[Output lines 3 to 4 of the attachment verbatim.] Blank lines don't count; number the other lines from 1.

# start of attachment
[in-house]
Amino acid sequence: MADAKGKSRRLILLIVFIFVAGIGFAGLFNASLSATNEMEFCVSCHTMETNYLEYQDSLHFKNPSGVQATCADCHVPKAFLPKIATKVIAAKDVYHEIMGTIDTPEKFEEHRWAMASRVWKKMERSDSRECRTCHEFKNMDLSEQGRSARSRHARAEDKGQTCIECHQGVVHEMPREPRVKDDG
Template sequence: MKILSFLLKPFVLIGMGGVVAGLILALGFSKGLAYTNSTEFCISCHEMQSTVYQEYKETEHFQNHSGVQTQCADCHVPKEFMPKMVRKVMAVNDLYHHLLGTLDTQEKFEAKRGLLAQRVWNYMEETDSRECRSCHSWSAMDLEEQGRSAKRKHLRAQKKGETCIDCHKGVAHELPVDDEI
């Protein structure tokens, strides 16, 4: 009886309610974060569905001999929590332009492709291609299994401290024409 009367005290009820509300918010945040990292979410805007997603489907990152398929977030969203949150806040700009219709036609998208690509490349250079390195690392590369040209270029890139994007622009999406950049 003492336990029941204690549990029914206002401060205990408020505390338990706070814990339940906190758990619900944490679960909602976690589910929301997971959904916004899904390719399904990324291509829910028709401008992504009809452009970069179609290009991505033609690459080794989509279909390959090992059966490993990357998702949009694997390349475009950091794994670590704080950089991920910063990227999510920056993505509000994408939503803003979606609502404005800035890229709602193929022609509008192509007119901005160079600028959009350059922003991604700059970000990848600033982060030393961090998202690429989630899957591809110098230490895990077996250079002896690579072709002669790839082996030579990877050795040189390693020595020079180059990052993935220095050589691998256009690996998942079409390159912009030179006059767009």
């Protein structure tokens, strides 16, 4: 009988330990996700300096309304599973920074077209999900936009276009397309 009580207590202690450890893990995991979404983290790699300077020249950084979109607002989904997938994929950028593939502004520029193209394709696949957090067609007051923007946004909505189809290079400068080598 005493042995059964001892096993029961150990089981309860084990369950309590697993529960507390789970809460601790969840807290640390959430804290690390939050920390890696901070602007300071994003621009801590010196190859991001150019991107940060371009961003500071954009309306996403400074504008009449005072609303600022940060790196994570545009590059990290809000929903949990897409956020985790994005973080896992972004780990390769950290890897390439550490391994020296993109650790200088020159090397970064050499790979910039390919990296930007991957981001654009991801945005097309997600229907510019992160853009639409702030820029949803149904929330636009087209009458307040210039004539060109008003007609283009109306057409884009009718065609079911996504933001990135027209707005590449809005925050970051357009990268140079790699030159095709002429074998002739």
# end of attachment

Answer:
Template sequence: MKILSFLLKPFVLIGMGGVVAGLILALGFSKGLAYTNSTEFCISCHEMQSTVYQEYKETEHFQNHSGVQTQCADCHVPKEFMPKMVRKVMAVNDLYHHLLGTLDTQEKFEAKRGLLAQRVWNYMEETDSRECRSCHSWSAMDLEEQGRSAKRKHLRAQKKGETCIDCHKGVAHELPVDDEI
């Protein structure tokens, strides 16, 4: 009886309610974060569905001999929590332009492709291609299994401290024409 009367005290009820509300918010945040990292979410805007997603489907990152398929977030969203949150806040700009219709036609998208690509490349250079390195690392590369040209270029890139994007622009999406950049 003492336990029941204690549990029914206002401060205990408020505390338990706070814990339940906190758990619900944490679960909602976690589910929301997971959904916004899904390719399904990324291509829910028709401008992504009809452009970069179609290009991505033609690459080794989509279909390959090992059966490993990357998702949009694997390349475009950091794994670590704080950089991920910063990227999510920056993505509000994408939503803003979606609502404005800035890229709602193929022609509008192509007119901005160079600028959009350059922003991604700059970000990848600033982060030393961090998202690429989630899957591809110098230490895990077996250079002896690579072709002669790839082996030579990877050795040189390693020595020079180059990052993935220095050589691998256009690996998942079409390159912009030179006059767009």